Soul Revisited: Remembering Wilton Felder

In the wake of the very sad news that founding member of The Crusaders Wilton Felder had passed away, we took a look back at his life and career, picking out some of our favourite Wilton Felder songs. 

Sadly so many great artists have passed away this year, and we’re sorry to report that jazz-funk legend Wilton Felder has died at the age 75 on September 27th. While he may not have been a household name for many, his legacy is pretty impressive having played saxophone and bass on some of the greatest soul, jazz and funk recordings released. Born in Houston, Texas in 1940 Felder, along with Joe Sample, Wayne Henderson and Stix Hooper formed a group called the Jazz Crusaders, beginning their career playing straight-up jazz music. In 1971 however they dropped the ‘Jazz’ from their group name and became known simply as The Crusaders, and began to pioneer mixing jazz with funk, leading the jazz-funk movement of the seventies. They achieved this by using electric bass and electric guitar into their music, adding new members Larry Carlton and Robert Popwell to the mix.

In 1979 The Crusaders released ‘Street Life’, a song that has become one the most played songs from that era. The album was the group’s biggest, hitting the US Pop Chart at #18 and #1 on Jazz Charts. They continued to record through the eighties but by the nineties the group has mostly split up, with only Sample and Felder recording as The Crusaders on their album Healing the Wounds. Henderson would go on to use the name ‘Jazz Crusaders’ later on, while Sample, Felder and Hooper (along with Ray Parker Jr.) recorded an album in 2003. In 2010 Sample, Felder and Henderson reunited without Hooper. Sadly, both Sample and Henderson died last year.

In addition to his work with The Crusaders Felder was also a sought after session musician, famously playing bass at Motown on the Jackson 5’s breakout singles ‘I Want You Back’ and ‘The Love You Save’, as well as on Marvin Gaye’s ‘Let’s Get It On’. He would also release some epic solo works, such as his work with Bobby Womack on his album Secrets, but most famously on their 1980 collaboration ‘Inherit The Wind’, arguably the finest jazz-funk song ever recorded. His last solo album, Let’s Spend Some Time Together, was recorded in 2006 and proved that the great musician still had it.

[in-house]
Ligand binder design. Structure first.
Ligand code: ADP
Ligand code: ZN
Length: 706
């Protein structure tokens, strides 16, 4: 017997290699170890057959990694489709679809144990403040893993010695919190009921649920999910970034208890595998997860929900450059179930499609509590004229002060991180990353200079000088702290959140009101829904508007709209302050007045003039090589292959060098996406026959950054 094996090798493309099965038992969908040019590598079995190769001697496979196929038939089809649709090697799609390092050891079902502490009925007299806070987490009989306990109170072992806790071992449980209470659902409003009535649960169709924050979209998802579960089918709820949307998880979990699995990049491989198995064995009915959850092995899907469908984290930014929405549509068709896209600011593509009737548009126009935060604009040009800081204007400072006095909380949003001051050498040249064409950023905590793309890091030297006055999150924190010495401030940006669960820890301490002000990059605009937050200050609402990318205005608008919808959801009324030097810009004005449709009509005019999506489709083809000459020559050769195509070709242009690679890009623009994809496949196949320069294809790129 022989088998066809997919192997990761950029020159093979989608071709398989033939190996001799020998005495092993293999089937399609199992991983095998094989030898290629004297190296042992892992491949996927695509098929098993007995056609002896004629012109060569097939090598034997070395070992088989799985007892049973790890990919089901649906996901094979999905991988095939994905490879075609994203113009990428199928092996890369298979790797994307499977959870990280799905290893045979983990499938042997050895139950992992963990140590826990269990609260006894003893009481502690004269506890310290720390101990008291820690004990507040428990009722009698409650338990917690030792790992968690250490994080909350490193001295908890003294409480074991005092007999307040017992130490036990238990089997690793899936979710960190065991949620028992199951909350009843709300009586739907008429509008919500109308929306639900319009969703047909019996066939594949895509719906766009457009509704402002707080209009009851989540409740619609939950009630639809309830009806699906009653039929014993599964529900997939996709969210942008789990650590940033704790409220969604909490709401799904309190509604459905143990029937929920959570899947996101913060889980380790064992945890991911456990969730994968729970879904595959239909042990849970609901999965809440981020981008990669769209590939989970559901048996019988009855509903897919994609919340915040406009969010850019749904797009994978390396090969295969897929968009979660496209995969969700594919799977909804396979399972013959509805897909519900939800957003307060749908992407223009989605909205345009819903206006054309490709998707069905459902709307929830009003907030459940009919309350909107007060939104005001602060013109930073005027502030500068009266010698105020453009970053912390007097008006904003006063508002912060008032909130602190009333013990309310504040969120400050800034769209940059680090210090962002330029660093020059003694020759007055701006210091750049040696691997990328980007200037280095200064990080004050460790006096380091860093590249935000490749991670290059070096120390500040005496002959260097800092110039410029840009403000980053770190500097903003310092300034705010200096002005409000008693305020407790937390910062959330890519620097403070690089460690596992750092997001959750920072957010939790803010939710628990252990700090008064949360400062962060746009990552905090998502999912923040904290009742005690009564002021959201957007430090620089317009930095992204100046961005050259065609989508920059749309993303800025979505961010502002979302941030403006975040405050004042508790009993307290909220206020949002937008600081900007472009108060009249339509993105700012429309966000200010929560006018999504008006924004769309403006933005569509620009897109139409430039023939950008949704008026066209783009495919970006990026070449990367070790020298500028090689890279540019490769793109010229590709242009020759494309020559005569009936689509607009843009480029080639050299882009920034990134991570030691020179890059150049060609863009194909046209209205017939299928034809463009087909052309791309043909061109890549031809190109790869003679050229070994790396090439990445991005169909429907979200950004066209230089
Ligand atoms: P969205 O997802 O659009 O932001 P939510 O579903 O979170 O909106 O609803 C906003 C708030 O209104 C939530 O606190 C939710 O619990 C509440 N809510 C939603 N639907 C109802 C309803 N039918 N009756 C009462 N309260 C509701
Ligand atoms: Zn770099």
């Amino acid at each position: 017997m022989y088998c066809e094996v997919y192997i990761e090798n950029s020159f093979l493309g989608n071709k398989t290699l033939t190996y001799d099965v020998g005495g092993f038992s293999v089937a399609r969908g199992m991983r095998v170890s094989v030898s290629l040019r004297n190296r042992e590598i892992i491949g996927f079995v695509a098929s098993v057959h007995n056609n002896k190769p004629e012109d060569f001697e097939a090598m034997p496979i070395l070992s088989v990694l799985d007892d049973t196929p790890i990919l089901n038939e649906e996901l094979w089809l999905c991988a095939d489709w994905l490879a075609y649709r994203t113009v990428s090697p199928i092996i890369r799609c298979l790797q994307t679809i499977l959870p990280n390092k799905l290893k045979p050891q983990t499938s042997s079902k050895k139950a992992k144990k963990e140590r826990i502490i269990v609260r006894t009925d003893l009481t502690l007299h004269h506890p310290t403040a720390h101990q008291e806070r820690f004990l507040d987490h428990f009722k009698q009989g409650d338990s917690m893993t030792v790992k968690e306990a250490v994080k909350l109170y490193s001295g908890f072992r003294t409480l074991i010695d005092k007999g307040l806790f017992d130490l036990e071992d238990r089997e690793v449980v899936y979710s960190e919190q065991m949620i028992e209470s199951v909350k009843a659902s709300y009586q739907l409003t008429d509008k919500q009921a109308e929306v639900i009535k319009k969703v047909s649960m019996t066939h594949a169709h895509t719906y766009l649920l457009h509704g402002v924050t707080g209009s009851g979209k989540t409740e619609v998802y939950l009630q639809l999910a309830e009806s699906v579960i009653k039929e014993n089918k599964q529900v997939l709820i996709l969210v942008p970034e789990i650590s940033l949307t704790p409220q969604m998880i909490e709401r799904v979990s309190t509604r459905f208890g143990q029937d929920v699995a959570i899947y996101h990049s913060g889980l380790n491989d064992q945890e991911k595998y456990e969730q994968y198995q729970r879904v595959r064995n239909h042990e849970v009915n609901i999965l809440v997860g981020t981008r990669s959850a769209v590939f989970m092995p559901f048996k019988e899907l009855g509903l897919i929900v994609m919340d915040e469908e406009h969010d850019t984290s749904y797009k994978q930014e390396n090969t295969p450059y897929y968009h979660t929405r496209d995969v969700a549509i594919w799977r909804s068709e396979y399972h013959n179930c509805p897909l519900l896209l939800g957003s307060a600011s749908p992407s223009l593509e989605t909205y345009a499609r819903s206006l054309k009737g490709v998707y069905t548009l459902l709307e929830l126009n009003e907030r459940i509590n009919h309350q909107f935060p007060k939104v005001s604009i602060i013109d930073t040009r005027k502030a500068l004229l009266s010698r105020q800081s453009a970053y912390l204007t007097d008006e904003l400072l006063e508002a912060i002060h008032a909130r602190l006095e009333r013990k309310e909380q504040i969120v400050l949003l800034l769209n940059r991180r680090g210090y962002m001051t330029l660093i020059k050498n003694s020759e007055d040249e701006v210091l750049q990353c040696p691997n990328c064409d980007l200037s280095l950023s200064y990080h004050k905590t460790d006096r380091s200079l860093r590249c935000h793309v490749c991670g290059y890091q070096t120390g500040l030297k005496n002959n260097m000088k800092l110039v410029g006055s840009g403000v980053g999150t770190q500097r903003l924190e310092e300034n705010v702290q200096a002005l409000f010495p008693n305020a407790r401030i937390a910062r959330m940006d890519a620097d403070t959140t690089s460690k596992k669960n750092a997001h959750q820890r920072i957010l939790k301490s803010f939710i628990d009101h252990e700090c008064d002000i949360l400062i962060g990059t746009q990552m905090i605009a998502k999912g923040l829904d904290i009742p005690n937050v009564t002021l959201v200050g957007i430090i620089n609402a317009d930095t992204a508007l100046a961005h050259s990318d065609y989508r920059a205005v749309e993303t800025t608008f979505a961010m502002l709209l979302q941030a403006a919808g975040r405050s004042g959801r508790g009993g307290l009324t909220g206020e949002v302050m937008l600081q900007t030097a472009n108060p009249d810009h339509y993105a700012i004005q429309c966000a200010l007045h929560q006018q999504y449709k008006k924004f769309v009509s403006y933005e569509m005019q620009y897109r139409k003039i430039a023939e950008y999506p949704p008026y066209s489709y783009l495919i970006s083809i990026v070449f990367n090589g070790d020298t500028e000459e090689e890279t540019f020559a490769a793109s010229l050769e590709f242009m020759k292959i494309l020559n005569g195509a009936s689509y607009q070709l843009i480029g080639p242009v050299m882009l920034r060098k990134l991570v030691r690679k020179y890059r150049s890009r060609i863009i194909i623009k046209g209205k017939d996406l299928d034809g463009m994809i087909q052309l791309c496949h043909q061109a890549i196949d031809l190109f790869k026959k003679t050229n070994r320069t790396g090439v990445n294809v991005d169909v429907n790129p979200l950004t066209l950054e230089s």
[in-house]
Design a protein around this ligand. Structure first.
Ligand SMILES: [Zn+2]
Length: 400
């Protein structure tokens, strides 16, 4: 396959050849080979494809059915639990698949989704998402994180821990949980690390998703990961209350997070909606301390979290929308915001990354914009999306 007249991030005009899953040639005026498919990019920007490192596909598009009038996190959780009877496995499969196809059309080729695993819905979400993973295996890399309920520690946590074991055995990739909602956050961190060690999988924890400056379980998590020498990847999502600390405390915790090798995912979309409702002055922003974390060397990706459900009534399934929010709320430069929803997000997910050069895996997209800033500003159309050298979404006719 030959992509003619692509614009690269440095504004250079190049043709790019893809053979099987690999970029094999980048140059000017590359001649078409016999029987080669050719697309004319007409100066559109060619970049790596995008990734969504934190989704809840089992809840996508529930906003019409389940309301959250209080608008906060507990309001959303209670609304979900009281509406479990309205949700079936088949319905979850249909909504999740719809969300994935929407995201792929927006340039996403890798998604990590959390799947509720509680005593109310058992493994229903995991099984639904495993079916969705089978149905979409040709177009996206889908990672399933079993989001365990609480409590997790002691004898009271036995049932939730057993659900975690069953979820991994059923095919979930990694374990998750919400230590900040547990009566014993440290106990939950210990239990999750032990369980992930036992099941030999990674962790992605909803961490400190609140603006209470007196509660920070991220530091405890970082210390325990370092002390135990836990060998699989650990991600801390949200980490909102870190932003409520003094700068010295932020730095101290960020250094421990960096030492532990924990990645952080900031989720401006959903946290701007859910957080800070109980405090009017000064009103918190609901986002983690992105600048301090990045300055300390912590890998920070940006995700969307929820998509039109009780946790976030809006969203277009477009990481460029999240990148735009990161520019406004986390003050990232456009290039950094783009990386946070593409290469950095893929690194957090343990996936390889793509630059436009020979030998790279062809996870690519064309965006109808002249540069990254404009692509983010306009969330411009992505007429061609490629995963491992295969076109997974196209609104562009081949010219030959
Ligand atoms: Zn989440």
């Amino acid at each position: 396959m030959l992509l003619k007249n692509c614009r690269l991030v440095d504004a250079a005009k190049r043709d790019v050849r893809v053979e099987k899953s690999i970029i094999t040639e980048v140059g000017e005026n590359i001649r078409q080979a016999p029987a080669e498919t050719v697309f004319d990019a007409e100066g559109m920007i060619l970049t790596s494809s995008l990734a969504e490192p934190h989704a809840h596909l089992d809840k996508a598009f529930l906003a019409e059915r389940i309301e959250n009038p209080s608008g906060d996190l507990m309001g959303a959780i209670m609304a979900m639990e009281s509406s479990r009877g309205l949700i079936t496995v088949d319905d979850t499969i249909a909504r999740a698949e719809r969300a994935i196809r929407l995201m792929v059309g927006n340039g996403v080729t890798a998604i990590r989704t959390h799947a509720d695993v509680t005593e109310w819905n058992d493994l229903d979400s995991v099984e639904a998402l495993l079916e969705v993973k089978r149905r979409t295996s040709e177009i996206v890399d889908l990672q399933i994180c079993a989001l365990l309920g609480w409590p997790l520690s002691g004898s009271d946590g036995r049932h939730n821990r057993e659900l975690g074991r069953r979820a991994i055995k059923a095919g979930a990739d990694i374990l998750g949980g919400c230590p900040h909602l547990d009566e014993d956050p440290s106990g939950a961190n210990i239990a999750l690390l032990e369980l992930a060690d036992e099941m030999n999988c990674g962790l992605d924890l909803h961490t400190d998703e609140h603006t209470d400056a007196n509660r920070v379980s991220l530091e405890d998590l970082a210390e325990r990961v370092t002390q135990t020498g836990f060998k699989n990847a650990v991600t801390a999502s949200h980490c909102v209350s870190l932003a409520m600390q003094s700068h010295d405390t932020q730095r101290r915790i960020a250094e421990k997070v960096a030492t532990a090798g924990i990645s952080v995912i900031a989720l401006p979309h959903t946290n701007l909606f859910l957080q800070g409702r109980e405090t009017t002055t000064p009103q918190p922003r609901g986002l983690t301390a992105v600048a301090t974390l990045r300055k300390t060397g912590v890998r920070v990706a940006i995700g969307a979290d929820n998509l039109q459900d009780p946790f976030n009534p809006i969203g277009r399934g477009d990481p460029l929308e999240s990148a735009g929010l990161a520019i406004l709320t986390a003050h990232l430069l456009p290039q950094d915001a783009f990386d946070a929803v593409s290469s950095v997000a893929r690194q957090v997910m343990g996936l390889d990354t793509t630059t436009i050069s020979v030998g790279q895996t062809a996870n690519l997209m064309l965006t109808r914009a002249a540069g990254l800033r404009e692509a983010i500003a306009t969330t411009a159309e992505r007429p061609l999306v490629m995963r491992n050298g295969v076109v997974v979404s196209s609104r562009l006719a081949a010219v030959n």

Felder will be sorely missed by fans and by other musicians: the outpouring of love from his contemporaries and the newer generation of jazz-funk musicians have been heartfelt, and demonstrate his influence on the jazz, funk and soul music scene. Fortunately for us his music lives on, and as usual we’ve taken a look back at some of his finest work.

I Want You Back, The Jacksons, 1971

Every man, woman, child, dog, cat and US Presidential candidate (if the right-wing Republicans aren’t listening to country and/or western) know this song. What they probably don’t know is that although the newly signed Jackson 5 played their own instruments, at least Jermaine and Tito did (on bass and guitar respectively), Motown refused to let them play on the record. Instead they brought in session musicians, and that is when Wilton Felder comes onto the scene. His tasty bass playing and the bass hook have gone down in music history as an important part of the song that launched the Jackson 5 and Michael Jackson. Even today, the song remains as fresh and as overplayed as ever, in no small part to the incredible bass-playing of Felder. Below is the original mix of the song, but thankfully someone has isolated Felder’s bass allowing us to hear the magic he created.

Chain Reaction, The Crusaders – Chain Reaction, 1975